(Not a) Review: Ten Plagues – a work-in-progress, Royal Court

“In London
Came the plague in sixteen sixty five
One hundred thousand dead
But I alive.”

I’m a big fan of Marc Almond so when the opportunity to see him performing in a workshop of a new musical at the Royal Court came up, I was eager to snap up a ticket. Presented as an early part of the Rough Cuts season of works-in-progress and experimental readings, Ten Plagues is a new musical with libretto by Mark Ravenhill and  music by Conor Mitchell.

Taking inspiration from both Samuel Pepys’ and Daniel Defoe’s accounts of living through the Great Plague of London, but also using Susan Sontag’s Illness as Metaphor and Aids and Its Metaphor to also help define the ideas, Ravenhill tells the story of a man’s journey through a city going through a profound crisis as one in five people die.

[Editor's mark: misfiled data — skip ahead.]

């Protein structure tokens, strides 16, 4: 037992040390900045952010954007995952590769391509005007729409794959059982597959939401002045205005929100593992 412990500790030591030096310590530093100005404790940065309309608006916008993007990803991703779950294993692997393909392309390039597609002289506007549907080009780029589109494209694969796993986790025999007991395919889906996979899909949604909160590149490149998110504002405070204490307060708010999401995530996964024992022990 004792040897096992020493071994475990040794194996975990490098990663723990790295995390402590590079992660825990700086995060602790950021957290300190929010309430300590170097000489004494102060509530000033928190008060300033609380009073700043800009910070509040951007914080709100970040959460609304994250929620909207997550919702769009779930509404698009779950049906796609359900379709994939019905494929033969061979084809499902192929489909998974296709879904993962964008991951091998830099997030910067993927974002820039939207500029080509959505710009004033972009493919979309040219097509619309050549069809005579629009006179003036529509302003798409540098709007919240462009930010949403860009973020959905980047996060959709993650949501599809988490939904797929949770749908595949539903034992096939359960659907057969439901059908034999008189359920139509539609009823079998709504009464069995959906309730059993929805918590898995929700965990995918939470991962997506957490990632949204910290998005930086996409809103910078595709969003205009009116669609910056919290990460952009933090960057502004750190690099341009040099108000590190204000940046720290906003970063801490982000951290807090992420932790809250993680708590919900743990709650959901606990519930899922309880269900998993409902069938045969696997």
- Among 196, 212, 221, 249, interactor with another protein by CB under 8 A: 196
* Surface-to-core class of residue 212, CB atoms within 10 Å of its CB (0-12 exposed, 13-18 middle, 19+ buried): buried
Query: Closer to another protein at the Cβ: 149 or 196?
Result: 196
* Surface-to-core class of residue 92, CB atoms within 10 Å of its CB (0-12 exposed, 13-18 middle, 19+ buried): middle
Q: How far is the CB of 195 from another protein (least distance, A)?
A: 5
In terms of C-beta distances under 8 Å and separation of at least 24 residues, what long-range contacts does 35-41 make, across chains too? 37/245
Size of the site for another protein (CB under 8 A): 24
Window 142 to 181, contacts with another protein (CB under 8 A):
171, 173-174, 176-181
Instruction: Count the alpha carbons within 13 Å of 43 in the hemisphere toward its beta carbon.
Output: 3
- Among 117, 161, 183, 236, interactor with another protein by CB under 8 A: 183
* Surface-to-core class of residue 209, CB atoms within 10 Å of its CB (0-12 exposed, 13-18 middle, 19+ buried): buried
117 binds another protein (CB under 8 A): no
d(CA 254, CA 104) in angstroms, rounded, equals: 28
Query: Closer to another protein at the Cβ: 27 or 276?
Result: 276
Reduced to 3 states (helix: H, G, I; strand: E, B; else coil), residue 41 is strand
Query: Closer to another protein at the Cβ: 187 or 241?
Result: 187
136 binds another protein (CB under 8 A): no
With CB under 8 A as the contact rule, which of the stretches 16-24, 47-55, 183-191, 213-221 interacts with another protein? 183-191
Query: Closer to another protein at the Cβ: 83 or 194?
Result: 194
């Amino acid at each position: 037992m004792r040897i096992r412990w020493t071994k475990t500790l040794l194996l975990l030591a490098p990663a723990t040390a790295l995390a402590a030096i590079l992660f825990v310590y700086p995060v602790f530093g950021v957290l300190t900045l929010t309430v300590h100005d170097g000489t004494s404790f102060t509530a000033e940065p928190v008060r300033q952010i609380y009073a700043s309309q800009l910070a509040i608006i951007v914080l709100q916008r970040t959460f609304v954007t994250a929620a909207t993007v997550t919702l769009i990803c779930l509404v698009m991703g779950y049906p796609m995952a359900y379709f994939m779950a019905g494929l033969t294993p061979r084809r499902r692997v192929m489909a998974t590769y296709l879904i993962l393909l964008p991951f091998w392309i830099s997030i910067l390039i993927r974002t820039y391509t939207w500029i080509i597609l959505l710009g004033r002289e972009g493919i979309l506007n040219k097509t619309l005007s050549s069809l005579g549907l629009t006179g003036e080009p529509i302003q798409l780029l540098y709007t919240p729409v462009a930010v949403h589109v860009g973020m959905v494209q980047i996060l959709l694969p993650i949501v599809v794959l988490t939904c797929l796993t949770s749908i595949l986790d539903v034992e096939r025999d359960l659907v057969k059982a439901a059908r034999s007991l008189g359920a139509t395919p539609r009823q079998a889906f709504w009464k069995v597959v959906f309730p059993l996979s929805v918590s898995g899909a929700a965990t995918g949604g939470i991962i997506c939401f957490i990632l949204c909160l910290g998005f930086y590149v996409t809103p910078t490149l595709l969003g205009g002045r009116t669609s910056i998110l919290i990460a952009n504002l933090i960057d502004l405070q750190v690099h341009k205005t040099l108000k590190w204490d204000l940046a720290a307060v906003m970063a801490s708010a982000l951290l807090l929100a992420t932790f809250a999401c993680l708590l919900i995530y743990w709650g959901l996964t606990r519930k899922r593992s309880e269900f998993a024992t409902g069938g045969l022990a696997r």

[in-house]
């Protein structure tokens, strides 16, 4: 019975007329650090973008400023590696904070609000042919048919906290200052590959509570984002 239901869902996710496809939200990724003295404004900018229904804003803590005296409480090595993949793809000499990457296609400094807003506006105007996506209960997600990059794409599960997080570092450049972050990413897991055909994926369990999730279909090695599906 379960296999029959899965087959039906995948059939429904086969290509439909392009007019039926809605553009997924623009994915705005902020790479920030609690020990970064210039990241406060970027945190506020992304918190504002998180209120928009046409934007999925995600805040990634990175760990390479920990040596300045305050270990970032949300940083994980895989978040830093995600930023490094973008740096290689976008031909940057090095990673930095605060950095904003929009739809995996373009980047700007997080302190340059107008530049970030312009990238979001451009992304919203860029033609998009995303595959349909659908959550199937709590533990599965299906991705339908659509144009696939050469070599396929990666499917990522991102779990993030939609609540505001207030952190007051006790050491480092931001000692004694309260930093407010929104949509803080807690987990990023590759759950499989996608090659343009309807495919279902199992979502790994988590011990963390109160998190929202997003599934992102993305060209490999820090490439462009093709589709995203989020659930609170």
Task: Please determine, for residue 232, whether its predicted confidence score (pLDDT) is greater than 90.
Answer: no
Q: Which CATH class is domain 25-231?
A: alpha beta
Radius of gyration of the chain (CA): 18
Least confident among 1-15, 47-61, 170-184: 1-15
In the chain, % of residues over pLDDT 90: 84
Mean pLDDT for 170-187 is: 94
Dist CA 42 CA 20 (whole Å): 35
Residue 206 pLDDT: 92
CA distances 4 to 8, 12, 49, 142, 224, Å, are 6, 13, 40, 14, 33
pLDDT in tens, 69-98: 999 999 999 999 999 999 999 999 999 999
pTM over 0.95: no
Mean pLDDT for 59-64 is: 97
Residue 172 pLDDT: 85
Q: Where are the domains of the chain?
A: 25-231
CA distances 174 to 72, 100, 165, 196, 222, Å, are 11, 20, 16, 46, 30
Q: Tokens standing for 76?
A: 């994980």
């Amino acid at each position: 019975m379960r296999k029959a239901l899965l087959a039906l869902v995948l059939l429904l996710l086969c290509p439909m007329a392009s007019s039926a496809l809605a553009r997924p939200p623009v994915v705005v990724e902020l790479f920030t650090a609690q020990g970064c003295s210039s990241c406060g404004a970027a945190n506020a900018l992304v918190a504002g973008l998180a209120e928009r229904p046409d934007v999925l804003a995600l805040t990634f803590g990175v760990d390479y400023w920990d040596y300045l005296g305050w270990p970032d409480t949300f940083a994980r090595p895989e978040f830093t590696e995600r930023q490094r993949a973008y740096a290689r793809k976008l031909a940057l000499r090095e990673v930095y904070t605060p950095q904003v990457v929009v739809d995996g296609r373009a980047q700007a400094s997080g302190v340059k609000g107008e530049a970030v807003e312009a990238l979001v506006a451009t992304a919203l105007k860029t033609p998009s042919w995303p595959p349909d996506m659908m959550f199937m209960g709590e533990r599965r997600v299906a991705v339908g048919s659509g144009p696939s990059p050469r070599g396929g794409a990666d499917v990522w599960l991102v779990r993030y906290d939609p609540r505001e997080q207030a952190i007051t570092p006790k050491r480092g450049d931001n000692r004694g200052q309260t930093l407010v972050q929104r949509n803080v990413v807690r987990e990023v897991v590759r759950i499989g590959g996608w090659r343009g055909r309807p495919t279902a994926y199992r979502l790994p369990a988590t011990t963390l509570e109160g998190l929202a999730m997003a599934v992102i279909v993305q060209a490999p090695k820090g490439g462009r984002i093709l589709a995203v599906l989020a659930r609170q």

The story is told through Conor Mitchell’s songs, sung here variously by Almond, Nigel Richards and Omar Ebrahim, although we did have a brief spoken section by Zubin Varla too.

As it is a work-in-progress I won’t be reviewing it, I’m including it here more for completeness for my theatregoing records, but I will say that is does seem like an intriguing piece of work and Marc Almond’s contributions in particular and the final flourish make me very excited to see how this develops further.

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